Simplicius of Cilicia. Physica Auscultatio (2,57v). 5th century AD.

Anaximenes of Miletos, son of Eurystratos, a companion of Anaximandros, agrees with him that the essential nature of things is one and infinite, but he regards it as not indeterminate but rather determinate, and calls it air; the air differs in rarity and in density as the nature of things is different; when very attenuated it becomes fire, when more condensed wind, and then cloud, and when still more condensed water and earth and stone, and all other things are composed of these; and he regards motion as eternal, and by this changes are produced.

Theophrastos. Physics (6r 24, 26). 3rd or 4th century BC.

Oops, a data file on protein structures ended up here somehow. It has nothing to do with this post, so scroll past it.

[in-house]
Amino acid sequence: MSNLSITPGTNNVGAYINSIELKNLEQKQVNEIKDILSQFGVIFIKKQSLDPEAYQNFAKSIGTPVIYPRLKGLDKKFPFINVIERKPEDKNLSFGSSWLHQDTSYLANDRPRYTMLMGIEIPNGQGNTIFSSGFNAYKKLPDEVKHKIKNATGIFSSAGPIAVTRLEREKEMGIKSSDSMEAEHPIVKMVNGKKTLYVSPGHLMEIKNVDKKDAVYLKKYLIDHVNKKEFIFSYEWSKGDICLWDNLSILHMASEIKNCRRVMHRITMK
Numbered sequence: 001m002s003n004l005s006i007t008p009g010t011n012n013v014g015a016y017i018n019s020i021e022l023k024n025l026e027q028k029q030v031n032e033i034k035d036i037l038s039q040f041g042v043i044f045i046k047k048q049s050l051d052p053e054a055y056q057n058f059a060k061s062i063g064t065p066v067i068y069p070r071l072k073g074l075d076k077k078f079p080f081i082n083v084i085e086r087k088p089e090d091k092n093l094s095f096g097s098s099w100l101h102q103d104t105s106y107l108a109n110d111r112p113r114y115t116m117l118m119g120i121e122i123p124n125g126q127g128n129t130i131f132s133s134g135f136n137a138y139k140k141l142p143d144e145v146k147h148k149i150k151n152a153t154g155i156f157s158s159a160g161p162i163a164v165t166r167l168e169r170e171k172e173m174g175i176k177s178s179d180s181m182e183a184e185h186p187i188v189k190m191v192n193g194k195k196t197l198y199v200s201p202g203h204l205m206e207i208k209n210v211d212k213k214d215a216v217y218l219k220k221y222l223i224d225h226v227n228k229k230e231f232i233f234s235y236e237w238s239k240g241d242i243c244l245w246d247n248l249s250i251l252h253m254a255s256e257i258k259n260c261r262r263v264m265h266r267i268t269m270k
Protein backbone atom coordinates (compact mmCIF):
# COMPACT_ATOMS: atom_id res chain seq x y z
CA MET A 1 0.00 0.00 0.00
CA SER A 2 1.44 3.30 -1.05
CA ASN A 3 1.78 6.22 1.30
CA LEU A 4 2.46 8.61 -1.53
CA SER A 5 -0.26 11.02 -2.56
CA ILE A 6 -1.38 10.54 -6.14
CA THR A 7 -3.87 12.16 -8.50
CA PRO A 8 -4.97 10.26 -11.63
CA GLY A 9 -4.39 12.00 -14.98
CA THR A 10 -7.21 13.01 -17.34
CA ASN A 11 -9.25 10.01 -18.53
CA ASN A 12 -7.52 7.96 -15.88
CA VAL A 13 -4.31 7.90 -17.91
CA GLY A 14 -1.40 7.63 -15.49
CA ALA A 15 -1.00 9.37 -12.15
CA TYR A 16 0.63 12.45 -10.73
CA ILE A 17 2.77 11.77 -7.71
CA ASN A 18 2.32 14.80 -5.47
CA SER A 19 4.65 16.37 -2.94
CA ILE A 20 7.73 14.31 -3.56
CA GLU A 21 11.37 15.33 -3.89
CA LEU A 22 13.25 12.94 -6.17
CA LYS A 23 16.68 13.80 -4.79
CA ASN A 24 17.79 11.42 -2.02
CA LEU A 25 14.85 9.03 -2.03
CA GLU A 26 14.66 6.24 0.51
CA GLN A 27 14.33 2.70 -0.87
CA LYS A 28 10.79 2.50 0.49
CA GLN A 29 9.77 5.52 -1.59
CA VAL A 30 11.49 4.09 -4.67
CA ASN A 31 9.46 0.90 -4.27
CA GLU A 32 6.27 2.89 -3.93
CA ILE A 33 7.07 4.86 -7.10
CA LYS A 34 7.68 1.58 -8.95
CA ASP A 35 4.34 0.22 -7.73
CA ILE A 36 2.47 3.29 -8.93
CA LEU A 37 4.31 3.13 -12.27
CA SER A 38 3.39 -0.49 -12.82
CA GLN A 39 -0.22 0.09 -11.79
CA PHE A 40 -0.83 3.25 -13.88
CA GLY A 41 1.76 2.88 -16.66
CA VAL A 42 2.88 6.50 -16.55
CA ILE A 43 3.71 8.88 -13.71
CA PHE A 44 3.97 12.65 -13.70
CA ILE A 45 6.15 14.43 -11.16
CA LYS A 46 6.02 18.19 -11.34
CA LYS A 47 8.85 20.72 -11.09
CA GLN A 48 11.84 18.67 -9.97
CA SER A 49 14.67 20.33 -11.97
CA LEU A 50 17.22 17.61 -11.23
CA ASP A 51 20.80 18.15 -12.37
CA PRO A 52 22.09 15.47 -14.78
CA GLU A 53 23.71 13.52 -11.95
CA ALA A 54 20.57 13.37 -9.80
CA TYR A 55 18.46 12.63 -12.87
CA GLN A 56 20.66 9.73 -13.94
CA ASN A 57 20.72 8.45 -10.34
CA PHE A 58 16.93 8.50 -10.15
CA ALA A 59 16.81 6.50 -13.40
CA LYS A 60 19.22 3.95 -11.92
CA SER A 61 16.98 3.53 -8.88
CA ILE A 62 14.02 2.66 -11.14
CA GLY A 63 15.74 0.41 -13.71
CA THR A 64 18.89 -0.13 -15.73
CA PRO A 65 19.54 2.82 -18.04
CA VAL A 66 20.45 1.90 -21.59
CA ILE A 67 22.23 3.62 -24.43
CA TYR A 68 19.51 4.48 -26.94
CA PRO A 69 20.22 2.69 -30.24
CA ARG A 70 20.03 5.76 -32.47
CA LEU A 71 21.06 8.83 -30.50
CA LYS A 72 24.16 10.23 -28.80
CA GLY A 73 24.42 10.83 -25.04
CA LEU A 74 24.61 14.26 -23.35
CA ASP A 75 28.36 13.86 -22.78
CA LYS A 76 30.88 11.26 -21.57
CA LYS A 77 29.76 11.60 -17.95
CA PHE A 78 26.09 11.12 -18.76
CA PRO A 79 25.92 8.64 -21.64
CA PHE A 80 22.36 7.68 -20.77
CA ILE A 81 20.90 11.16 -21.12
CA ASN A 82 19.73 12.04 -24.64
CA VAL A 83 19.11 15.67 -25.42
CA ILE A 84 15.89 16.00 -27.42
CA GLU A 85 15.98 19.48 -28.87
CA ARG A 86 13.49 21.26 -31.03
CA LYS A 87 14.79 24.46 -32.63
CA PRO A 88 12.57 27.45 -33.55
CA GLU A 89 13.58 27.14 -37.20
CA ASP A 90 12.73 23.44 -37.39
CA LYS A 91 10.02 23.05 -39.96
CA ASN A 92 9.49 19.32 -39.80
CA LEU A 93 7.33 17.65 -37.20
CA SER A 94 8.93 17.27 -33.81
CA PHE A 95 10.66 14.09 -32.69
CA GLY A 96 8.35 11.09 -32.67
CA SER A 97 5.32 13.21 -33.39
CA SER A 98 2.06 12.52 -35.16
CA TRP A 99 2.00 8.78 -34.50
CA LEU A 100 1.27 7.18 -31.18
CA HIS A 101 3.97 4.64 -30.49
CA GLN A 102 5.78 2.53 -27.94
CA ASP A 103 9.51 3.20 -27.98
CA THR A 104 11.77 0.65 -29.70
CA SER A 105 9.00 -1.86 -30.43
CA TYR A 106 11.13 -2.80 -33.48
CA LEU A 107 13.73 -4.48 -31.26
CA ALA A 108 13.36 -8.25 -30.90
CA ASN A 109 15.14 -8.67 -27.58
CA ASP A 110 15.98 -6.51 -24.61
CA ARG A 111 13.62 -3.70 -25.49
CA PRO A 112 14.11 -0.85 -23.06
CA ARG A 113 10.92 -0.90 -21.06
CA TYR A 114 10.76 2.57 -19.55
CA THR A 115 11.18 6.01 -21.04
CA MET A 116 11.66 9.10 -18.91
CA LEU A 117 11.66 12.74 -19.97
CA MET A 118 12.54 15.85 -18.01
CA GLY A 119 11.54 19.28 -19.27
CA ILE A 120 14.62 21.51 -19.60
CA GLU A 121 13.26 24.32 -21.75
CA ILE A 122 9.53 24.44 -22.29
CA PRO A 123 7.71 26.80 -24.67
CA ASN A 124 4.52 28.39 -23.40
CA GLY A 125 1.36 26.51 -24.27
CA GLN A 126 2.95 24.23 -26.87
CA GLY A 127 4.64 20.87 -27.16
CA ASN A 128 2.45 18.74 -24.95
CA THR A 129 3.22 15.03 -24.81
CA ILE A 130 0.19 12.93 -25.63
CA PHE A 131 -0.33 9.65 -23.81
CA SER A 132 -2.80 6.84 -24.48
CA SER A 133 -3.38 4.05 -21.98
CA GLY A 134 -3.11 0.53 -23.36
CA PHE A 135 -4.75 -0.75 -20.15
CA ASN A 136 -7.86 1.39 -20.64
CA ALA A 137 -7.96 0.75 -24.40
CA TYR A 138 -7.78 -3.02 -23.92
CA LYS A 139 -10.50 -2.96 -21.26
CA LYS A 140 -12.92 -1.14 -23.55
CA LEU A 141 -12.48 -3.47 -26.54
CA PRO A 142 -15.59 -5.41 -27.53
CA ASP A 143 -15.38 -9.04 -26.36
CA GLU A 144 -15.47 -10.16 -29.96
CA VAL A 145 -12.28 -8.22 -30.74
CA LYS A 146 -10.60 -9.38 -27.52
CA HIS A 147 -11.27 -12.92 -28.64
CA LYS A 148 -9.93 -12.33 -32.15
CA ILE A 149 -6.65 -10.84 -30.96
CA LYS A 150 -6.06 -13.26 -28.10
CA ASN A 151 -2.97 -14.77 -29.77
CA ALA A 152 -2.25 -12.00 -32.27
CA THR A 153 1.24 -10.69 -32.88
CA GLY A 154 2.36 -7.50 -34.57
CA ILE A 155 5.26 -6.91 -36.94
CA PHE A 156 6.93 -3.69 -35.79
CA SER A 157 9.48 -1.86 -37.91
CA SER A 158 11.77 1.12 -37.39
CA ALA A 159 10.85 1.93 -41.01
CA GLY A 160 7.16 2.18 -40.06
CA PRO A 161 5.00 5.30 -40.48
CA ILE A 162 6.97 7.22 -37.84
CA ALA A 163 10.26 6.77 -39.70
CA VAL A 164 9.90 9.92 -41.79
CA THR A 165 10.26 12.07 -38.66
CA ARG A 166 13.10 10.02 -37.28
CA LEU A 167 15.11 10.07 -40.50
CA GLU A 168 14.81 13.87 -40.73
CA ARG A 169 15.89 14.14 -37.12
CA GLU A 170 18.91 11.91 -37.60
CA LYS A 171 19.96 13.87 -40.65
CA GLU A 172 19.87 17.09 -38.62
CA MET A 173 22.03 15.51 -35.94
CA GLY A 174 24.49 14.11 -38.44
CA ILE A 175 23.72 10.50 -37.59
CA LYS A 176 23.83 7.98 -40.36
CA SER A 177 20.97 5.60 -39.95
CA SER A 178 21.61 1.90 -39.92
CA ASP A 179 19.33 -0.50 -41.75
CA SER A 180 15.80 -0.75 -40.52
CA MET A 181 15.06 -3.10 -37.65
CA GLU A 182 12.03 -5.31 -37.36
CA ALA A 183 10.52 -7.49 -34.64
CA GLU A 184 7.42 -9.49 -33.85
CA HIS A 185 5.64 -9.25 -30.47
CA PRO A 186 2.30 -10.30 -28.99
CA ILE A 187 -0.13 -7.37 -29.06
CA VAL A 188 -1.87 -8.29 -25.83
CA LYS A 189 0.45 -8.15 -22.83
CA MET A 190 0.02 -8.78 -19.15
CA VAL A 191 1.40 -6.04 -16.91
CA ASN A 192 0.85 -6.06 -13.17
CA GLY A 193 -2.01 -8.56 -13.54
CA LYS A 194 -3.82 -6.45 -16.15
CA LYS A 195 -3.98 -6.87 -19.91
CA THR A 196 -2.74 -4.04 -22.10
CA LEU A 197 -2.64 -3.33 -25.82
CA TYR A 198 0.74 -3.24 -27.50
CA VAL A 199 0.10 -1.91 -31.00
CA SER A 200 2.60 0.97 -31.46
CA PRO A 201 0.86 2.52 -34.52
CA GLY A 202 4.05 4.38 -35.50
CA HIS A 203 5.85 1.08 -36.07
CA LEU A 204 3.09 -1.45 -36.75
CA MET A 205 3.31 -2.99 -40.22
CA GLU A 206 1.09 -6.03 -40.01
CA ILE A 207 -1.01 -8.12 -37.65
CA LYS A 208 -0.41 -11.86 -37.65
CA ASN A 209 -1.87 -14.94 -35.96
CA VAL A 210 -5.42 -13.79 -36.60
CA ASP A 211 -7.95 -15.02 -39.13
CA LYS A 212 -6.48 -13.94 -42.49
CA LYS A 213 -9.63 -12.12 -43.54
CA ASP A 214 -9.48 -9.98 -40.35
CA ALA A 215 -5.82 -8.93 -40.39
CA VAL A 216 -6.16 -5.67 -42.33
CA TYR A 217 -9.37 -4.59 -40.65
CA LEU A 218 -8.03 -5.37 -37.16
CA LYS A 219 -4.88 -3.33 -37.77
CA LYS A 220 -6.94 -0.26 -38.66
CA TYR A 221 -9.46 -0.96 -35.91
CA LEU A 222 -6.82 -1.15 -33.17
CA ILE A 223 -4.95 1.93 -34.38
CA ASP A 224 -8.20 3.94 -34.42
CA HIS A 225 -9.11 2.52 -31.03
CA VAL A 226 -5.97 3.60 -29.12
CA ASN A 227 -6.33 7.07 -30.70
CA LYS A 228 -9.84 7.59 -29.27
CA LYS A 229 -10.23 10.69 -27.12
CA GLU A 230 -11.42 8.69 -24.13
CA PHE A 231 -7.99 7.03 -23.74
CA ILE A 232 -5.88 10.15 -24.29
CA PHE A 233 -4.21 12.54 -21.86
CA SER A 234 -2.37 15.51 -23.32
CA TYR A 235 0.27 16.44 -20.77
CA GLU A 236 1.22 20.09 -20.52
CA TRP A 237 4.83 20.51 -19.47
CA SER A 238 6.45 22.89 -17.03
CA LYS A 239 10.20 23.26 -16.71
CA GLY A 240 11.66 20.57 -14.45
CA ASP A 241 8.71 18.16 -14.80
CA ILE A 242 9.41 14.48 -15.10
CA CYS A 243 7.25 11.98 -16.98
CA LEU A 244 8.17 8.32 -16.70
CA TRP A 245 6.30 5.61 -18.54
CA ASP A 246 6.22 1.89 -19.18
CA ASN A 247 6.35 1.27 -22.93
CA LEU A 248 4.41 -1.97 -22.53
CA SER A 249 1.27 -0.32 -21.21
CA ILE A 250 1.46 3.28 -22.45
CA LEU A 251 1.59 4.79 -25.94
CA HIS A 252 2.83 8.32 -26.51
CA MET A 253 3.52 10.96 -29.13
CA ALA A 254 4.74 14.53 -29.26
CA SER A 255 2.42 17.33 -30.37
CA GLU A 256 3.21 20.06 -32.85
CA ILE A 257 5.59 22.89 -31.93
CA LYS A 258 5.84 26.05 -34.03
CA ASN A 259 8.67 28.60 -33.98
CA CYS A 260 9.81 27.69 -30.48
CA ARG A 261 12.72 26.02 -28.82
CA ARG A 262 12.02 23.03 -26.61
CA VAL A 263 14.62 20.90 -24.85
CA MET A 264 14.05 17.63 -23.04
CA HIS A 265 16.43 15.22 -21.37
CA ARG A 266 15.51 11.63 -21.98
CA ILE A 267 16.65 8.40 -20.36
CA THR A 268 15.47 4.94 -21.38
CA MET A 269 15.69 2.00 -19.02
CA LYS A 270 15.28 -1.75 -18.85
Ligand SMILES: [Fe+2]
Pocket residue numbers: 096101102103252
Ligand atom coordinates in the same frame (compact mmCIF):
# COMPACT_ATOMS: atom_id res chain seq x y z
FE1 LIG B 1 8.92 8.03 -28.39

Thales, the son of Examyas, has met an unkind fate in his old age. He went out from the court of his house at night, as was his custom, with his maidservant to view the stars, and, forgetting where he was, as he gazed, he got to the edge of a steep slope and fell over. In such wise have the Milesians lost their astronomer. Let us who were his pupils cherish his memory, and let it be cherished by our children and pupils; and let us not cease to entertain one another with his words. Let all our discourse begin with a reference to Thales.

Anaximenes in a letter to Pytagoras. Diogenes Lartius, “Lives of the Eminent Philosophers”, book 2, Anaximenes, 3. 3rd century AD.

You were better advised than the rest of us when you left Samos for Croton, where you live in peace.

Anaximenes in a letter to Pytagoras. Diogenes Lartius, “Lives of the Eminent Philosophers”, book 2, Anaximenes, 3. 3rd century AD.